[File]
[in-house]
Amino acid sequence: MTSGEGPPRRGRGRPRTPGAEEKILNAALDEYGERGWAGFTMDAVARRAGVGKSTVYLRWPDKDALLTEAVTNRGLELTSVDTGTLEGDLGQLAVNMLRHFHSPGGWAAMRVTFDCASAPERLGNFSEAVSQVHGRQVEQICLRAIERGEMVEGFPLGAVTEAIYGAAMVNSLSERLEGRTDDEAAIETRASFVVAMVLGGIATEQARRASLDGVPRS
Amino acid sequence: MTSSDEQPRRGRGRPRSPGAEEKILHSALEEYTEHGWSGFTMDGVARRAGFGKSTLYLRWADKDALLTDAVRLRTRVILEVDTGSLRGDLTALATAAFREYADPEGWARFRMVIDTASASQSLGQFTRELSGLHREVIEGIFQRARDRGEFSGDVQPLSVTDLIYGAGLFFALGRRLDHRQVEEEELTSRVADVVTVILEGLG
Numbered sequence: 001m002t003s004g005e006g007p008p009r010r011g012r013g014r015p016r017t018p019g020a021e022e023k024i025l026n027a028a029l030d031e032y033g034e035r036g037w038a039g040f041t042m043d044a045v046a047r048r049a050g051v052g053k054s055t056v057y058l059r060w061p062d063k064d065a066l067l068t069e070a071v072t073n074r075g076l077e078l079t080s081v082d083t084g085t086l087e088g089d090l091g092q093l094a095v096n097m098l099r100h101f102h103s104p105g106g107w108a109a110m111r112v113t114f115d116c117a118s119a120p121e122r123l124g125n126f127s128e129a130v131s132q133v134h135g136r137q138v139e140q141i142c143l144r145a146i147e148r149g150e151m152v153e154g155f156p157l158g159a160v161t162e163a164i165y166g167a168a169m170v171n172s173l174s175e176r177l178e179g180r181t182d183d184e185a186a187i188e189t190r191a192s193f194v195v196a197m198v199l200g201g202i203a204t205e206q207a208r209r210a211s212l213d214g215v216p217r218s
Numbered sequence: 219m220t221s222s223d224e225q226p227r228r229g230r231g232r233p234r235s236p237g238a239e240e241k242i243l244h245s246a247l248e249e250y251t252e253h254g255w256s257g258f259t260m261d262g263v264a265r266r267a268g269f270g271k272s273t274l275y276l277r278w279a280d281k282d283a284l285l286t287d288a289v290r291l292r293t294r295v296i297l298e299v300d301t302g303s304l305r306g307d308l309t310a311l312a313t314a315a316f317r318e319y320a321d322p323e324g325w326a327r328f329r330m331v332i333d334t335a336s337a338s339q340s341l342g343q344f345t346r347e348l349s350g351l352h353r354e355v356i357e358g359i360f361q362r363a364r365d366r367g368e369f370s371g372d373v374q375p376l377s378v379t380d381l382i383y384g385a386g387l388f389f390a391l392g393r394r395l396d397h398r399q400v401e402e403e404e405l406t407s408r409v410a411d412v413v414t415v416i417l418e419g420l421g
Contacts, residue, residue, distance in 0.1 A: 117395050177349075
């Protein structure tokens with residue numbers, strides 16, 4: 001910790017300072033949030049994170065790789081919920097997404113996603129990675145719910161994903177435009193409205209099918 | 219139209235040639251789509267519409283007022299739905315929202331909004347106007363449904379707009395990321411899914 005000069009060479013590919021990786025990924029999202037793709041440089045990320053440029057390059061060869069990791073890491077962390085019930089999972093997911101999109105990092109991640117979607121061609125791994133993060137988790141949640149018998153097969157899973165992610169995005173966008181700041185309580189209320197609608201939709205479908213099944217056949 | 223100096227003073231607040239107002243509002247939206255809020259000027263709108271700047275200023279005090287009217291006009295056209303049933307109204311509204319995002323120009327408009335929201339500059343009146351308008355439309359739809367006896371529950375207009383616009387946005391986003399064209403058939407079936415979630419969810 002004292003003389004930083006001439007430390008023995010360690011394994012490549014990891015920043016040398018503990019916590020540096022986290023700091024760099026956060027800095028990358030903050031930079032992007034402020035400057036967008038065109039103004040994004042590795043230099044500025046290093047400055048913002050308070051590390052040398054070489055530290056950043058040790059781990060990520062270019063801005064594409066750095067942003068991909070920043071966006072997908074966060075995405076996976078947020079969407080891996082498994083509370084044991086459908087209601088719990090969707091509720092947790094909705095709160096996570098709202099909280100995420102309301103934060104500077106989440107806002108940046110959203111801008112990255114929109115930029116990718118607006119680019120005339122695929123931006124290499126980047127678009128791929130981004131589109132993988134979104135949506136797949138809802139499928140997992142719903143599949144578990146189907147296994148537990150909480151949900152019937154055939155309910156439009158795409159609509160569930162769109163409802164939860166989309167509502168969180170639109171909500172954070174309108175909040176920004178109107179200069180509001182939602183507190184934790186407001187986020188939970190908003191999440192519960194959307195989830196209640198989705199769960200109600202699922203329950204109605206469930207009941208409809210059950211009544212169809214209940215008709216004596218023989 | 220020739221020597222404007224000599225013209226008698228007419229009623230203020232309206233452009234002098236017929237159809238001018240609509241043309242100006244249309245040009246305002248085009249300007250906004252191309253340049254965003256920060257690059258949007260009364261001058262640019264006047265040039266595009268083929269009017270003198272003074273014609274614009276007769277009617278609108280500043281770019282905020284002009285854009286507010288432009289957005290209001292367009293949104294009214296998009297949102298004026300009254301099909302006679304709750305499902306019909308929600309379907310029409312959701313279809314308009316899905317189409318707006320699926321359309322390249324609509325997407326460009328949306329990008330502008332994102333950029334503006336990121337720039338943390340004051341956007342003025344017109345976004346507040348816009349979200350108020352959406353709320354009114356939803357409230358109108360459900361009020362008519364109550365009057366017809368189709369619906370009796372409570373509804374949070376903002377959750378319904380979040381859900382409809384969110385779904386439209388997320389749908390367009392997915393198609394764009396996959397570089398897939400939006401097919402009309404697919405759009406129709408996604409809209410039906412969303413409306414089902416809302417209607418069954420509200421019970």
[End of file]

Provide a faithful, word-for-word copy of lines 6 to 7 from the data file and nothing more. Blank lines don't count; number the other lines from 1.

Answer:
Contacts, residue, residue, distance in 0.1 A: 117395050177349075
């Protein structure tokens with residue numbers, strides 16, 4: 001910790017300072033949030049994170065790789081919920097997404113996603129990675145719910161994903177435009193409205209099918 | 219139209235040639251789509267519409283007022299739905315929202331909004347106007363449904379707009395990321411899914 005000069009060479013590919021990786025990924029999202037793709041440089045990320053440029057390059061060869069990791073890491077962390085019930089999972093997911101999109105990092109991640117979607121061609125791994133993060137988790141949640149018998153097969157899973165992610169995005173966008181700041185309580189209320197609608201939709205479908213099944217056949 | 223100096227003073231607040239107002243509002247939206255809020259000027263709108271700047275200023279005090287009217291006009295056209303049933307109204311509204319995002323120009327408009335929201339500059343009146351308008355439309359739809367006896371529950375207009383616009387946005391986003399064209403058939407079936415979630419969810 002004292003003389004930083006001439007430390008023995010360690011394994012490549014990891015920043016040398018503990019916590020540096022986290023700091024760099026956060027800095028990358030903050031930079032992007034402020035400057036967008038065109039103004040994004042590795043230099044500025046290093047400055048913002050308070051590390052040398054070489055530290056950043058040790059781990060990520062270019063801005064594409066750095067942003068991909070920043071966006072997908074966060075995405076996976078947020079969407080891996082498994083509370084044991086459908087209601088719990090969707091509720092947790094909705095709160096996570098709202099909280100995420102309301103934060104500077106989440107806002108940046110959203111801008112990255114929109115930029116990718118607006119680019120005339122695929123931006124290499126980047127678009128791929130981004131589109132993988134979104135949506136797949138809802139499928140997992142719903143599949144578990146189907147296994148537990150909480151949900152019937154055939155309910156439009158795409159609509160569930162769109163409802164939860166989309167509502168969180170639109171909500172954070174309108175909040176920004178109107179200069180509001182939602183507190184934790186407001187986020188939970190908003191999440192519960194959307195989830196209640198989705199769960200109600202699922203329950204109605206469930207009941208409809210059950211009544212169809214209940215008709216004596218023989 | 220020739221020597222404007224000599225013209226008698228007419229009623230203020232309206233452009234002098236017929237159809238001018240609509241043309242100006244249309245040009246305002248085009249300007250906004252191309253340049254965003256920060257690059258949007260009364261001058262640019264006047265040039266595009268083929269009017270003198272003074273014609274614009276007769277009617278609108280500043281770019282905020284002009285854009286507010288432009289957005290209001292367009293949104294009214296998009297949102298004026300009254301099909302006679304709750305499902306019909308929600309379907310029409312959701313279809314308009316899905317189409318707006320699926321359309322390249324609509325997407326460009328949306329990008330502008332994102333950029334503006336990121337720039338943390340004051341956007342003025344017109345976004346507040348816009349979200350108020352959406353709320354009114356939803357409230358109108360459900361009020362008519364109550365009057366017809368189709369619906370009796372409570373509804374949070376903002377959750378319904380979040381859900382409809384969110385779904386439209388997320389749908390367009392997915393198609394764009396996959397570089398897939400939006401097919402009309404697919405759009406129709408996604409809209410039906412969303413409306414089902416809302417209607418069954420509200421019970």